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By Cheryl Kahla

Content Strategist


Beware, South Africa: WhatsApp scams you need to avoid

Three popular WhatsApp scams are doing the rounds again. Be skeptical, stay safe and never share your personal information.


In today’s always-connected world, it’s no surprise that popular communication app WhatsApp has become the latest scam tool once again.

Alarmingly, South Africans are increasingly finding themselves in the crosshairs of these fraudsters.

It is important to note that WhatsApp’s safeguards – such as end-to-end encryption and two step verification – aren’t always foolproof.

While developers go to great lengths to ensure the safety of WhatsApp users, they cannot always compensate for user error.

WhatsApp scams to avoid

Many scammers turn to social engineering, since it is easier to exploit human emotions and vulnerabilities than it is to hack into someone’s account.

Here are the three most popular scams to avoid.

Social engineering

Social engineering is often tied to impersonation, and scammers could pretend to be your partner, a family member, a close friend or a colleague.

whatsapp scam social engineering
Image: Cheryl Kahla

A popular scheme is the mom-and-dad impersonation, which is extremely easy to orchestrate, especially when elderly parents aren’t all that clued up about social media risks.

The quintessential social engineering scheme involves crafty tricksters masquerading as a person’s child to ask for money.

Parents, caught off guard, are hoodwinked into depositing money into a swindler’s bank account, thinking they’re helping they’re grown bundle of joy out of a pinch.

Phishing scams

Phishing scams, on the other hand, are sophisticated tricks used by fraudsters to deceive users into divulging sensitive information such as passwords or banking details.

These scams often come in the form of a seemingly harmless message or link from a trusted source. In reality, they are from scammers trying to lead you into a trap.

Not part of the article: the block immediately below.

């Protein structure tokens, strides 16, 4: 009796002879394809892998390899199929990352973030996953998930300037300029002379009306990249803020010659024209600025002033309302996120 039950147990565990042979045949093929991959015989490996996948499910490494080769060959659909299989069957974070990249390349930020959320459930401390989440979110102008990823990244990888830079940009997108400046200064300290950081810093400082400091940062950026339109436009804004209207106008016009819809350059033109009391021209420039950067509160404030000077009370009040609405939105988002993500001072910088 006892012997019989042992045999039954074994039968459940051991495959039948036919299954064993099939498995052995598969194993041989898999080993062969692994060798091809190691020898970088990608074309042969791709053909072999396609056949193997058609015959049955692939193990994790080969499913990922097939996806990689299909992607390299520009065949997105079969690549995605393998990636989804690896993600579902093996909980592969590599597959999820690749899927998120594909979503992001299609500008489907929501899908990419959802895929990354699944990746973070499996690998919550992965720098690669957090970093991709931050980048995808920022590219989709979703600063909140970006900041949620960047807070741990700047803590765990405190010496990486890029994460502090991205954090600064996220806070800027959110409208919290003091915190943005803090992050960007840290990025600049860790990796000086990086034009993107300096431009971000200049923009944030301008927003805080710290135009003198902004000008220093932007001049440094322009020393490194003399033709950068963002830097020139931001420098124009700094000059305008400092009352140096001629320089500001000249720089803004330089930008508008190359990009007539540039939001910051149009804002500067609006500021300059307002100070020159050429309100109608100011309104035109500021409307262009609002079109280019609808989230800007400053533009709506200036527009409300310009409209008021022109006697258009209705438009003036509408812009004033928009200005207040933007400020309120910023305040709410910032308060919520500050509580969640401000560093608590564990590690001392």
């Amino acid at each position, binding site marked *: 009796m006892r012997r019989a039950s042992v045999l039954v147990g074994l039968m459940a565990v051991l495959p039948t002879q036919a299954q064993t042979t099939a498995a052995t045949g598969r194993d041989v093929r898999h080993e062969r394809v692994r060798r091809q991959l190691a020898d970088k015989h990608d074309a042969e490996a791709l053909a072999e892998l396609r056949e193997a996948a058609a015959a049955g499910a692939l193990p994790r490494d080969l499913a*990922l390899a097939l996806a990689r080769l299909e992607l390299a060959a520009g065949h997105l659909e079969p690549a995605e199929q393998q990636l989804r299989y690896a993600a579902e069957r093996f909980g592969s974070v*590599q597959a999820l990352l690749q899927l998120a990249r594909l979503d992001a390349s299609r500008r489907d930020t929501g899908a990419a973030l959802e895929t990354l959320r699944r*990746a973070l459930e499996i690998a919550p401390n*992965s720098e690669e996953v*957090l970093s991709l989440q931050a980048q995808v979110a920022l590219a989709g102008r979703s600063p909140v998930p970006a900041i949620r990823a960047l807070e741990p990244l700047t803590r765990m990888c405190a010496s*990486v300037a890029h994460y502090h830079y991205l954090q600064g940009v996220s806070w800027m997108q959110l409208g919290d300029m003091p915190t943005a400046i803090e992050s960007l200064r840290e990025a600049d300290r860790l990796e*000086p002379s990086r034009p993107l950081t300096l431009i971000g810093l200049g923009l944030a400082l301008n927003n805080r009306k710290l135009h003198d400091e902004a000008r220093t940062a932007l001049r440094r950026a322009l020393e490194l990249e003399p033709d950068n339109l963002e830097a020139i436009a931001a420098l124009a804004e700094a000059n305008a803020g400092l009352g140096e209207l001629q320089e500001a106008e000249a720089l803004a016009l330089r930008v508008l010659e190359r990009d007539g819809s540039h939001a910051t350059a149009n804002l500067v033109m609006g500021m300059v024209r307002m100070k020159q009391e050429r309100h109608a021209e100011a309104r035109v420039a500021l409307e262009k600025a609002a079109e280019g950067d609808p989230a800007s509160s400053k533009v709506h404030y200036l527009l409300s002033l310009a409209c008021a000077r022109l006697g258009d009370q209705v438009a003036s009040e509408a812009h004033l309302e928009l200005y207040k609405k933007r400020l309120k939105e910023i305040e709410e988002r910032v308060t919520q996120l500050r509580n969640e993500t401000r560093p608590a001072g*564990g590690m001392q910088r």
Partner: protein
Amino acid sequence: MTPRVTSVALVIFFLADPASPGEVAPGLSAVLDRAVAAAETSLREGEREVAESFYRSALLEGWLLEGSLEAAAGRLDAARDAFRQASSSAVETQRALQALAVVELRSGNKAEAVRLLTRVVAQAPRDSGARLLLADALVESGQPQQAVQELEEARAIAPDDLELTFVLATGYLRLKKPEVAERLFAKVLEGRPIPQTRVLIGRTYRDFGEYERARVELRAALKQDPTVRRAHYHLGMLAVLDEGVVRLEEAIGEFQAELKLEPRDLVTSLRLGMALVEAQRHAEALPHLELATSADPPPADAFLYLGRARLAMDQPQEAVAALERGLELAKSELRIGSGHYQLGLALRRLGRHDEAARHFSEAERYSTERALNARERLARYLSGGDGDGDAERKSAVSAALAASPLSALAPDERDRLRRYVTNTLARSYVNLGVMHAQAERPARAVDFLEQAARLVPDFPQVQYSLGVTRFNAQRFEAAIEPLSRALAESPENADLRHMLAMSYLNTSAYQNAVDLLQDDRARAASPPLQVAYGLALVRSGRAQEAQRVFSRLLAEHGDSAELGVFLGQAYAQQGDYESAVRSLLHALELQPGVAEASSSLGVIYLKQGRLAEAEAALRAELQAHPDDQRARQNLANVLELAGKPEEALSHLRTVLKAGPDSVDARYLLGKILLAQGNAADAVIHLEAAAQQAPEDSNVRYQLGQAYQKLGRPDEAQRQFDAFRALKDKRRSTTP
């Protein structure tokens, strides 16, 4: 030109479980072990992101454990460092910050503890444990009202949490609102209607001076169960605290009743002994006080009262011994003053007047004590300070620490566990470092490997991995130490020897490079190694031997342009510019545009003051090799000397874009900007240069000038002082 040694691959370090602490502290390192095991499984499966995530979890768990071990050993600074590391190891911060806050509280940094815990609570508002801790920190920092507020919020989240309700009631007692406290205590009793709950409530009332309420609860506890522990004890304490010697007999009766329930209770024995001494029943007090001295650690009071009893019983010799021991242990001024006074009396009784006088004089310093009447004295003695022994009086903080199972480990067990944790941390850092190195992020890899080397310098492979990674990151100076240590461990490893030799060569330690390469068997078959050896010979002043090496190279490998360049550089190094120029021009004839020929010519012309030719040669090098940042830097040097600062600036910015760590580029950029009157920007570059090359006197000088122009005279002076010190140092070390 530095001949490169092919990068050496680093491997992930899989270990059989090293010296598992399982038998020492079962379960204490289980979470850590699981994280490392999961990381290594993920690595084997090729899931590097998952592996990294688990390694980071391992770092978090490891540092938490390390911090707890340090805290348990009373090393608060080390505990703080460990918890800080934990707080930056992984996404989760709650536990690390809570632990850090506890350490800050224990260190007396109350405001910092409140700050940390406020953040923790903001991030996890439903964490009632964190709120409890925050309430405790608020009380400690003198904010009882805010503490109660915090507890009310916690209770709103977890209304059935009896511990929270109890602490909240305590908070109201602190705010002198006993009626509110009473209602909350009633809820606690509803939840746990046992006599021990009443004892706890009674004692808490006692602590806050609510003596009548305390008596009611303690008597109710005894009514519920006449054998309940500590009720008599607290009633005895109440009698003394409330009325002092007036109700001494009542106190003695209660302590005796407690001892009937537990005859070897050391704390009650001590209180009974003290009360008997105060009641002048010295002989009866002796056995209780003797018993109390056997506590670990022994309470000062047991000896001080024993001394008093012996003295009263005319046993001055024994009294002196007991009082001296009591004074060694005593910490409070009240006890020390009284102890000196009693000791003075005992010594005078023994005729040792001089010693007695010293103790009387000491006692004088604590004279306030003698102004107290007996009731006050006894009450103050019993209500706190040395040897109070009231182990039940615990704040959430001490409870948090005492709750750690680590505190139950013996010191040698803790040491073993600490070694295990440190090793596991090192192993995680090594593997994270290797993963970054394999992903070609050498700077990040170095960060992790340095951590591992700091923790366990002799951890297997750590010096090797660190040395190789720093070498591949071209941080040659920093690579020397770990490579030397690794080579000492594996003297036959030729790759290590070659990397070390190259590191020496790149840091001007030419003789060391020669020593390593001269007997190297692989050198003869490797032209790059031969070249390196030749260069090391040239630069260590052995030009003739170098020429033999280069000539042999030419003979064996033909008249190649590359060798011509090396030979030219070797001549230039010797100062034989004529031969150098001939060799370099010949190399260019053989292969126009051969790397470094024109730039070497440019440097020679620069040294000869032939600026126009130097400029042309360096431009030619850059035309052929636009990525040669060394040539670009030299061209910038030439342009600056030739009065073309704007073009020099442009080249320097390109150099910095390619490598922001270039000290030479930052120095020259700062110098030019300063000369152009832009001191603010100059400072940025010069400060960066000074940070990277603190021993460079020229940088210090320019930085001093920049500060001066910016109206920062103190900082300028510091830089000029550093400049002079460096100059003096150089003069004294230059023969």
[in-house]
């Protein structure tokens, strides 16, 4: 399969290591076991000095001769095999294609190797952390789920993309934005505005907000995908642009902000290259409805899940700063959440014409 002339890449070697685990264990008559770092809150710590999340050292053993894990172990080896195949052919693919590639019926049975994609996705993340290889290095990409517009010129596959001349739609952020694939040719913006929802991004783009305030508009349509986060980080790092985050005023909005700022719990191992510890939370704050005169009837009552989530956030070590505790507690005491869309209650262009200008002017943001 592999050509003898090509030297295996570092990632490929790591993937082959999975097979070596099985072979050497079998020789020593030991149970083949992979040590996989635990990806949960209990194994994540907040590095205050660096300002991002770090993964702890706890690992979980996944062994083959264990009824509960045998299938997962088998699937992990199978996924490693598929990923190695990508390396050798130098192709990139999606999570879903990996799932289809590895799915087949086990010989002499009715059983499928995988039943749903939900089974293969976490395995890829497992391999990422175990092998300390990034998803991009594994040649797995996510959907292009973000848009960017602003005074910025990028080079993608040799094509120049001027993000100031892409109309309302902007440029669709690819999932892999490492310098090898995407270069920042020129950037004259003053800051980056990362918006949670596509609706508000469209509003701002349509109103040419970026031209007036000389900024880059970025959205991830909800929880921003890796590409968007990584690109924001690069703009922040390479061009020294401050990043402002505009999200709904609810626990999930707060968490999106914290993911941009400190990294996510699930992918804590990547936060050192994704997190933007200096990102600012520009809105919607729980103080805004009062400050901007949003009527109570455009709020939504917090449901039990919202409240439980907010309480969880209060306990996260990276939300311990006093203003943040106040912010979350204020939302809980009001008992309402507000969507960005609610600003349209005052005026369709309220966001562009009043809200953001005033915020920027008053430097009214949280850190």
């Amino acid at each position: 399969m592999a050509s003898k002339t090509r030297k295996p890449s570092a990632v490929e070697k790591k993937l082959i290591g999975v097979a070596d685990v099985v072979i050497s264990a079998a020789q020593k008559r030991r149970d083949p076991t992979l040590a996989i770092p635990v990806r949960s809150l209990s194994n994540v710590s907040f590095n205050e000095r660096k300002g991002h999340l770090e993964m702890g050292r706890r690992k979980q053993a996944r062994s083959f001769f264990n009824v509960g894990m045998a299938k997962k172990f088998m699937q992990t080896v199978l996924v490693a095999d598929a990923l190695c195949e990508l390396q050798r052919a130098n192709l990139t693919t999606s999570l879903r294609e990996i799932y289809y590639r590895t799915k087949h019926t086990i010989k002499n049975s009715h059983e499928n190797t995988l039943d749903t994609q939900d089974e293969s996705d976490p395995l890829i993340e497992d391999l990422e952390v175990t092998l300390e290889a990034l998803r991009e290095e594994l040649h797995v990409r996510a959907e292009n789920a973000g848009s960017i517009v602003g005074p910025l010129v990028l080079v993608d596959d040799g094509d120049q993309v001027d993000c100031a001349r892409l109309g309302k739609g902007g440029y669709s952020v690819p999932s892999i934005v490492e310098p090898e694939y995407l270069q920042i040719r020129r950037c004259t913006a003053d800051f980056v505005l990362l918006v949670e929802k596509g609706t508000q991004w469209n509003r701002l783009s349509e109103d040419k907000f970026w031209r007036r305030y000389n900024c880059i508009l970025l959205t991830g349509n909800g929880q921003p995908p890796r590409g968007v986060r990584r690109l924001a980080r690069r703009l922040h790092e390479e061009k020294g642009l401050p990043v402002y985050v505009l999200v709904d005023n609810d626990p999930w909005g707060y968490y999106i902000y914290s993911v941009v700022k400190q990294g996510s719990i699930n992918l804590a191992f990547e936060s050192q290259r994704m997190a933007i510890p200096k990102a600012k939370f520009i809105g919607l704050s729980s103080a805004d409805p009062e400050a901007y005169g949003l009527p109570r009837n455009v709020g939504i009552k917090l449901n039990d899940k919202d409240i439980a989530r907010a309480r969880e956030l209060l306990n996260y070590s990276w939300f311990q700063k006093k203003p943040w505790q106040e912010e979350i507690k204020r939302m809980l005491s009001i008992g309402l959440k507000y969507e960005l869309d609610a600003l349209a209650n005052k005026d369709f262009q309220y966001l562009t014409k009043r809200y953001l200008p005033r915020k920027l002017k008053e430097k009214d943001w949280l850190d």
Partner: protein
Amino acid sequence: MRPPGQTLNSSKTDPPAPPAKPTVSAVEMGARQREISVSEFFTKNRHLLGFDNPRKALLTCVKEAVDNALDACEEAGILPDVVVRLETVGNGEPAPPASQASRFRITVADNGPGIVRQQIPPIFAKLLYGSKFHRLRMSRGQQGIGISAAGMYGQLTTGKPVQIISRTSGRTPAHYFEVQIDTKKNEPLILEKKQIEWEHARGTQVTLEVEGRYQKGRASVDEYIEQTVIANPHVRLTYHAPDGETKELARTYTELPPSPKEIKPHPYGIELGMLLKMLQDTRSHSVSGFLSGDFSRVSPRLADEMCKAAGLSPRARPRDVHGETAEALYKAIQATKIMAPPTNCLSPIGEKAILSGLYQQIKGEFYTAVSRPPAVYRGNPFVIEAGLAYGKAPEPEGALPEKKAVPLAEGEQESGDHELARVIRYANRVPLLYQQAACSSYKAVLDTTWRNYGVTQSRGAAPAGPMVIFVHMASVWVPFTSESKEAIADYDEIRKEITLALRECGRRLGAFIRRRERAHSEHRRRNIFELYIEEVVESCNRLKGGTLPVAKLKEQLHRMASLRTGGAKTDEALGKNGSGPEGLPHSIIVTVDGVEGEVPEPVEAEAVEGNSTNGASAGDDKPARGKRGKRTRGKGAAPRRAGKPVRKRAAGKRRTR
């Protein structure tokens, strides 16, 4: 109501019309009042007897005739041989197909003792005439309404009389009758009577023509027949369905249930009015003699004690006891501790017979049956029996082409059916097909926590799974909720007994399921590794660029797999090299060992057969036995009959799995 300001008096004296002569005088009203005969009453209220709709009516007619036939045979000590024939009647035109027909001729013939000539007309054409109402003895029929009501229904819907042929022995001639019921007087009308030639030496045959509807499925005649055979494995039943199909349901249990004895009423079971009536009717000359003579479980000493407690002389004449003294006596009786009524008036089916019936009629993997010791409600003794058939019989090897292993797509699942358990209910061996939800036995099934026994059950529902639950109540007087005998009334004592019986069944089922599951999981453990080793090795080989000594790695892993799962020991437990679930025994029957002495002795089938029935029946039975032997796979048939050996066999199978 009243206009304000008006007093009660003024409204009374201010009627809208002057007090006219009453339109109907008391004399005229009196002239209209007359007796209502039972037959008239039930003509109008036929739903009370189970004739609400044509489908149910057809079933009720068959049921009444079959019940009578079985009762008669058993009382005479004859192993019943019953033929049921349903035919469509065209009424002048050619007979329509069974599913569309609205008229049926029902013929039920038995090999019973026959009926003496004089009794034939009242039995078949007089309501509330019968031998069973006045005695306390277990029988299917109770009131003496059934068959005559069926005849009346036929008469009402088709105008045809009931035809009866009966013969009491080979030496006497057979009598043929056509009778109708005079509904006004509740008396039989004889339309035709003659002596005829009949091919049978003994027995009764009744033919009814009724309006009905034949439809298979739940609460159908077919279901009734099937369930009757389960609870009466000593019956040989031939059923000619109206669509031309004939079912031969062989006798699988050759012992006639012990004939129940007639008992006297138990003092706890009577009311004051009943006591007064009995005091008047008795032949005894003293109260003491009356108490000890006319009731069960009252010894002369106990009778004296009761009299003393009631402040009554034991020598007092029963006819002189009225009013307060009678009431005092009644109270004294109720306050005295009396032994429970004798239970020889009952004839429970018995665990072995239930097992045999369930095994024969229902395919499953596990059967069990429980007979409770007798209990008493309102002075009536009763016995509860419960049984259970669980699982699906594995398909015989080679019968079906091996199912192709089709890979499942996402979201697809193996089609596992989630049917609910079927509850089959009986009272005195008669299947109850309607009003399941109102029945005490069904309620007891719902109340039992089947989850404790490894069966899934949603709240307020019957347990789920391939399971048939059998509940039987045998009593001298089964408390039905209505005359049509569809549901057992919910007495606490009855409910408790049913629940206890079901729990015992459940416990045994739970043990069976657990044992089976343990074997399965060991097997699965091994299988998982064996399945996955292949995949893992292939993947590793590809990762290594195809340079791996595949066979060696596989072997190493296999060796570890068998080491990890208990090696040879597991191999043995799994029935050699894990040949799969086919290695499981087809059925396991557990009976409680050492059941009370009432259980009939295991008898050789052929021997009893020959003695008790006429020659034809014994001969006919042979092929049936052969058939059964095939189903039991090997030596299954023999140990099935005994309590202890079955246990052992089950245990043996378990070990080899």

The bait could appear as a promotional offer – such as the recent ‘Spar promotion’ I received this week, promising R2 000 in vouchers if I just click on the link.

Once you click on the provided link, you will likely be redirected to a page that closely mimics a legitimate website (in this case, Spar), where you are requested to input your personal data.

Spoiler alert, it’s not really a verified Spar website, and you’ve just handed your personal details over to scammers.

Fake job offers

The fake job offer scam is another popular trick in South Africa. Scammers send messages with promising job opportunities and high salary packages.

These message often play on the vulnerabilities of job seekers, and the scams often involve the scammer posing as a recruiter or employer who has seen your CV and believes you’re perfect for the job.

The catch? You’ll typically be asked to pay a fee upfront for supposed application processing, background checks, or even job training.

They might ask for personal information like your home address, ID numbers, or bank details, purportedly for ‘official’ purposes.

Once they receive the money or personal details, they vanish, leaving you jobless and a few hundred bucks short on your budget.

Be safe on these WhatsApp streets

  • Be suspicious of unsolicited messages.
  • Always verify the source of a message, especially if it seems out of character.
  • Never share personal details like bank account numbers or passwords over WhatsApp.
  • Enable two-step verification in WhatsApp’s settings for added security.
  • Always keep your WhatsApp app updated.
  • Stay vigilant – if an offer seems too good to be true, it likely is.

READ: WhatsApp Chat Lock: Keep your most sensitive convos private – Here’s how

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